18 Attacks  Crypto deals primarily with three goals: –Confidentiality –Integrity (of data) –Authentication (of resources, people, systems)  Other goals also considered –E.g., non-repudiation –E-cash (e.g., double spending) –General secure multi-party computation

19 Private- vs. public-key  For many security goals, there are two types of cryptographic algorithms –Private-key / shared-key / symmetric-key / secret-key –Public-key

20 Private-key cryptography  The parties communicating share a completely random and secret key –Main point: key is not known to an attacker –This key must be shared (somehow) before they communicate  All “classical” cryptosystems are private- key based  Can also be used for secure storage

21 Private-key cryptography  For confidentiality: –Private-key (symmetric-key) encryption  For data integrity: –Message authentication codes –(sometimes called cryptographic checksums)

22 Public-key cryptography  One party (Alice) generates both a public key and a private key (or secret key)  The public key is published; the private key is kept secret –An attacker knows the public key!  The other communicating party (Bob) need not have any key of his own; knows Alice’s key  Techniques for this first developed in the 70’s

23 Public-key cryptography  For confidentiality: –Public-key encryption  For data integrity: –Digital signatures

24 To review…  Confidentiality: –Private-key encryption (schemes) –Public-key encryption (schemes)  Integrity: –Message authentication (codes) –Digital signature (schemes)  We will discuss authentication later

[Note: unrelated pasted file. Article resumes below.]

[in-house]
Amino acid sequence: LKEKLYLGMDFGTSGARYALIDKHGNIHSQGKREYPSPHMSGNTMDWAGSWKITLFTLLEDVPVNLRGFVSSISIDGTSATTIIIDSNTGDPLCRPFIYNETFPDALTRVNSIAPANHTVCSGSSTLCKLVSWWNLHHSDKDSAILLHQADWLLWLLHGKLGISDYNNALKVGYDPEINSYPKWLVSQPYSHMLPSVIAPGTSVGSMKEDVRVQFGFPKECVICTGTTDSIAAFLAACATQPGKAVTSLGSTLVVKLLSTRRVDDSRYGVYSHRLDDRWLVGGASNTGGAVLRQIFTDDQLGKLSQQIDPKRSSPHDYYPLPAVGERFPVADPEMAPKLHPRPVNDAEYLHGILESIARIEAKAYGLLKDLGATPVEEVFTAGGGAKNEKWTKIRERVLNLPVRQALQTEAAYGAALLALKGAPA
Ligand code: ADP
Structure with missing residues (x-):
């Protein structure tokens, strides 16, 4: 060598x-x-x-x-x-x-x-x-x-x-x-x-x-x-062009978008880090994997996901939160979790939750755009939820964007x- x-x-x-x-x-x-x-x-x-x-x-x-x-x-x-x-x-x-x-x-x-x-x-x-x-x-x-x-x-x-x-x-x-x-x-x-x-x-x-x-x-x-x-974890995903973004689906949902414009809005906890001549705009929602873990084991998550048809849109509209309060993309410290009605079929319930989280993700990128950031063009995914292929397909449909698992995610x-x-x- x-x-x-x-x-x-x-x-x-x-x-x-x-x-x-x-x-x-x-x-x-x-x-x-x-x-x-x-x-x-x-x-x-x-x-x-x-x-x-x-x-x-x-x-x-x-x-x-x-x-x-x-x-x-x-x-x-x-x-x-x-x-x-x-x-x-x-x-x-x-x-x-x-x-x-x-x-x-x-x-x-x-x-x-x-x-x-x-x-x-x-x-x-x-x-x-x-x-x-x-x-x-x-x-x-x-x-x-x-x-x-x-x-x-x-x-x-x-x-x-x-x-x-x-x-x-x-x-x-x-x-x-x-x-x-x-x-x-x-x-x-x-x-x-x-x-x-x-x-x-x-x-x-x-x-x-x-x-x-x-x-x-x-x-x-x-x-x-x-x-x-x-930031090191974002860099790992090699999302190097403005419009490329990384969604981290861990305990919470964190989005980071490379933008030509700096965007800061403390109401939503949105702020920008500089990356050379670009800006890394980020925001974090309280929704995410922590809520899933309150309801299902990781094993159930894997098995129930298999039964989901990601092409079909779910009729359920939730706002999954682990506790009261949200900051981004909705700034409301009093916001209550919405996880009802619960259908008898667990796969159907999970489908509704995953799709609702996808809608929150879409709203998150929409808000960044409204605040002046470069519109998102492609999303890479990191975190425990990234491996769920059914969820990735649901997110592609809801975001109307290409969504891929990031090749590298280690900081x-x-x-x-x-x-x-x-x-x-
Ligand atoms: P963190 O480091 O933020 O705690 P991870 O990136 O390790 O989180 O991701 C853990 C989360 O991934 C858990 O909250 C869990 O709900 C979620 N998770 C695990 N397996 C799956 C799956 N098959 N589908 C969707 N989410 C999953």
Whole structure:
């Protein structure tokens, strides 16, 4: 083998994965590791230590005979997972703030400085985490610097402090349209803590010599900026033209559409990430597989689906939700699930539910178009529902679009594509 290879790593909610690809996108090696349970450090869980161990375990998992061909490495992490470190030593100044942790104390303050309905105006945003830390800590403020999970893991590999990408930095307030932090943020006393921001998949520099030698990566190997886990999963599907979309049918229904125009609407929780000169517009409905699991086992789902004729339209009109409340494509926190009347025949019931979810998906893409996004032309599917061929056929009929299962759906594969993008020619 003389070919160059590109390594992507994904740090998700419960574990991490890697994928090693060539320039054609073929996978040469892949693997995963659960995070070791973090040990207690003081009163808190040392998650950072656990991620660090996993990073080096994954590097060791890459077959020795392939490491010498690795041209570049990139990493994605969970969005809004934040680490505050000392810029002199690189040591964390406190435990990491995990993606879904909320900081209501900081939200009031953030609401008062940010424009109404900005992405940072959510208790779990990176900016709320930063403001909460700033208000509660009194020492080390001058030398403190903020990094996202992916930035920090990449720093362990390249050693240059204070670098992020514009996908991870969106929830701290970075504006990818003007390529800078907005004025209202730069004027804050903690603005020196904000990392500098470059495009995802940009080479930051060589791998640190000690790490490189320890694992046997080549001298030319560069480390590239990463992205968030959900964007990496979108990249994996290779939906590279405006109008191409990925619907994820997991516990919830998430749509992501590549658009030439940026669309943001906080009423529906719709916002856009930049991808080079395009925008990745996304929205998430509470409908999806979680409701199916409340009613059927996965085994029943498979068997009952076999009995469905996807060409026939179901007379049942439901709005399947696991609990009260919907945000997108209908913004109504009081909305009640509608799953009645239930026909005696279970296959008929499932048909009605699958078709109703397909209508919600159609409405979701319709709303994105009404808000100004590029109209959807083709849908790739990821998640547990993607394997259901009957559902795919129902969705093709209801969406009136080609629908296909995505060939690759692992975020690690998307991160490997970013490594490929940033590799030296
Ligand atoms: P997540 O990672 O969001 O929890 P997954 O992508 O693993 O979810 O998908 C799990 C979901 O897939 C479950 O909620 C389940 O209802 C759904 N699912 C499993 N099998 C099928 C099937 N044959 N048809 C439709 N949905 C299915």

25 Private- vs. public-key I  Disadvantages of private-key –Need to securely share a key If you can share a key securely, why not just share the message itself? What if not possible? Need to know who you want to communicate with in advance! –O(n 2 ) blowup in storage

26 Private- vs. public-key II  Why study private-key at all? –Private-key is much more efficient (3 orders of magnitude) –Public-key crypto is “harder” to get right Needs stronger assumptions, more math –Can combine private-key with public-key to get the best of both worlds (for encryption)

27 Private- vs. public-key III  More disadvantages of public-key crypto –Public-key crypto still requires secure distribution and binding of public keys (PKI) May (sometimes) be just as hard as sharing a key –Not clear who you are communicating with (for public-key encryption)

28 Confidentiality

29 Overview  Private-key encryption –Attack model –“Trivial” systems Show why the problem is hard Show methods of attack Convince you not to use “home-brewed” techniques –What do we mean by security? –Block ciphers and modern-day techniques

30 Overview, continued…  Public-key cryptography –A word about security –Some basic number theory –RSA and El Gamal –Some attacks…and some fixes

31 Alice Bob shared info K K Alice K Bob K m C = E K (m) C1C1 m = D K (C)

32 In more detail…  Alice and Bob share a key K –Must be shared securely –Must be completely random –Must be kept completely secret from attacker –We don’t discuss (for now) how they do this  Plaintext - encryption - ciphertext - decryption  Decryption must recover the message!